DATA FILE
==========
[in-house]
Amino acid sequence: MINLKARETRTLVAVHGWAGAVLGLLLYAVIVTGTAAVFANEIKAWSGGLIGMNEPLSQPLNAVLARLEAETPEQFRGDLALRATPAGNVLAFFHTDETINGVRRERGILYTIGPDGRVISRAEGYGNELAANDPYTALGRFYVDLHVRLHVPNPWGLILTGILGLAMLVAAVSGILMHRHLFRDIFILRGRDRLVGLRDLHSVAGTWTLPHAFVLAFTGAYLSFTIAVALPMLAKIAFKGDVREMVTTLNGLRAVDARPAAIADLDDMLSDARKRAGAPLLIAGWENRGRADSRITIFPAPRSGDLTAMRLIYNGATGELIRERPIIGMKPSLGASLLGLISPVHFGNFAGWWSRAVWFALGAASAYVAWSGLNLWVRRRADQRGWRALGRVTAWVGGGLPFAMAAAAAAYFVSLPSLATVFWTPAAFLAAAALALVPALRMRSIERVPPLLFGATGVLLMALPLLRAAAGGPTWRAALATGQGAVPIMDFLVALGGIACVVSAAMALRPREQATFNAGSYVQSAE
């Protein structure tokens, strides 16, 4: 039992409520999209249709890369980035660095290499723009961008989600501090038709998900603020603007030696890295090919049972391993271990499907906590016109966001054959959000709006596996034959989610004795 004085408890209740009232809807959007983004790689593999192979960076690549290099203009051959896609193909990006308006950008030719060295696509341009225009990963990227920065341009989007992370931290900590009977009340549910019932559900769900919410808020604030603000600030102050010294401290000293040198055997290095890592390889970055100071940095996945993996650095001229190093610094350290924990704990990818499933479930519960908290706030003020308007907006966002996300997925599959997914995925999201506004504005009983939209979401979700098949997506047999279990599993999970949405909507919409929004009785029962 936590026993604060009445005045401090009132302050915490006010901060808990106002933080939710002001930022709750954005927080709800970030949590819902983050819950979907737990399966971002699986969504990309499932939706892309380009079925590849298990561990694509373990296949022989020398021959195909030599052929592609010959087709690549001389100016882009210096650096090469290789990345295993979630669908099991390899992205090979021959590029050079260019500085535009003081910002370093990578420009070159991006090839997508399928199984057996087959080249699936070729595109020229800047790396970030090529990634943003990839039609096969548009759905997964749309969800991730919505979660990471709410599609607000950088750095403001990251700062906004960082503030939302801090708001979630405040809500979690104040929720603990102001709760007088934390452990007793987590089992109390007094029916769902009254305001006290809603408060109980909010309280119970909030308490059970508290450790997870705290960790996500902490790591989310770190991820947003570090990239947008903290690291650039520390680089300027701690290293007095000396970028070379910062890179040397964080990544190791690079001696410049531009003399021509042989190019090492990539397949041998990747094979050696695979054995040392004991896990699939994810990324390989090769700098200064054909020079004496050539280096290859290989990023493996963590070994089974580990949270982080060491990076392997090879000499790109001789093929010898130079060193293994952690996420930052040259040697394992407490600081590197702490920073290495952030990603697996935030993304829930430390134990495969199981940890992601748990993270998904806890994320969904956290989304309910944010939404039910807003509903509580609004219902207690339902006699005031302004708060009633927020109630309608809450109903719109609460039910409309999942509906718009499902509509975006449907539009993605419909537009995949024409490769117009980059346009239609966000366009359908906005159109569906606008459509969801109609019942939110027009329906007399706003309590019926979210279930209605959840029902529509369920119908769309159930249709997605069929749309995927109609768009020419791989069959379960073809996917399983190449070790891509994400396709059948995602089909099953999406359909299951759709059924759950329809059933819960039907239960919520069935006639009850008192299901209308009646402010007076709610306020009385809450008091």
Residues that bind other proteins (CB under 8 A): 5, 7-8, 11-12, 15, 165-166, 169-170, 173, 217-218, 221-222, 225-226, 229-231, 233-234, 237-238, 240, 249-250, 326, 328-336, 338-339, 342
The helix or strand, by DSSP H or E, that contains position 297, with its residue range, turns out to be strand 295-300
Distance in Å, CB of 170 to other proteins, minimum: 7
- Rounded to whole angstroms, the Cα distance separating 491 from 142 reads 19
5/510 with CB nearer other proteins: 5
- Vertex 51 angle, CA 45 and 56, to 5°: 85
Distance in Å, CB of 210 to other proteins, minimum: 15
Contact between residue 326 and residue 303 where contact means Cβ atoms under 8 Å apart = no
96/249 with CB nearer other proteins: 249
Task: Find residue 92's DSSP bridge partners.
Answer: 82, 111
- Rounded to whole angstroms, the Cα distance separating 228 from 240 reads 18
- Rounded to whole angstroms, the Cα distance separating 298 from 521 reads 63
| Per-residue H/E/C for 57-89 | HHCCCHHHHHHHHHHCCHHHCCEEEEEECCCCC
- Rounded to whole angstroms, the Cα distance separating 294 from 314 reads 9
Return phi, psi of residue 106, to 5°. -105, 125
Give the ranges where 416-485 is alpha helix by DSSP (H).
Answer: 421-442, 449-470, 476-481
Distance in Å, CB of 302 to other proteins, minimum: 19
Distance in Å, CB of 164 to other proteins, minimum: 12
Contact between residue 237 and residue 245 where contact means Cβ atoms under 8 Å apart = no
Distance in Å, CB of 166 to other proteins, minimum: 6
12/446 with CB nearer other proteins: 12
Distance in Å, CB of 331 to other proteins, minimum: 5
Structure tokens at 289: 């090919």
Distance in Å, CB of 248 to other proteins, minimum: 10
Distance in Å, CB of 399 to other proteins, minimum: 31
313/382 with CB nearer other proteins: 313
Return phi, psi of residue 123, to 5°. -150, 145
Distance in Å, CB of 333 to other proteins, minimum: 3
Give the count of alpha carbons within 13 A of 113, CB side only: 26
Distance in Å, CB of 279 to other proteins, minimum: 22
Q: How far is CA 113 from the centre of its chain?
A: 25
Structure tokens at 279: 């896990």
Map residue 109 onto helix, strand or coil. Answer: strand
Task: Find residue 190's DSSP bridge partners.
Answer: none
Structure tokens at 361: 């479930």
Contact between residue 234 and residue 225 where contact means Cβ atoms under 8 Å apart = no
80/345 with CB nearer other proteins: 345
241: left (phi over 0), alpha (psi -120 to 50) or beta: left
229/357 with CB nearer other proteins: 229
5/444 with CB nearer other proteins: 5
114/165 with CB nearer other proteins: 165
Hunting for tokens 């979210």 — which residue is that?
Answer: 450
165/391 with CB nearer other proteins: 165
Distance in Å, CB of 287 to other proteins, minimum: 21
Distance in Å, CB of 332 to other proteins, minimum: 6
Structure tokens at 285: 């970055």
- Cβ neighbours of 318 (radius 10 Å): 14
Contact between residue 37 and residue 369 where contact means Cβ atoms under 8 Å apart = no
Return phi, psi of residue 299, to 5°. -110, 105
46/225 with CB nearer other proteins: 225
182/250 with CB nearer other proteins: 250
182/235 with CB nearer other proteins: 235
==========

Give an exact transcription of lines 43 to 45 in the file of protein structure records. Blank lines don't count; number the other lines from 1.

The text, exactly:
Contact between residue 234 and residue 225 where contact means Cβ atoms under 8 Å apart = no
80/345 with CB nearer other proteins: 345
241: left (phi over 0), alpha (psi -120 to 50) or beta: left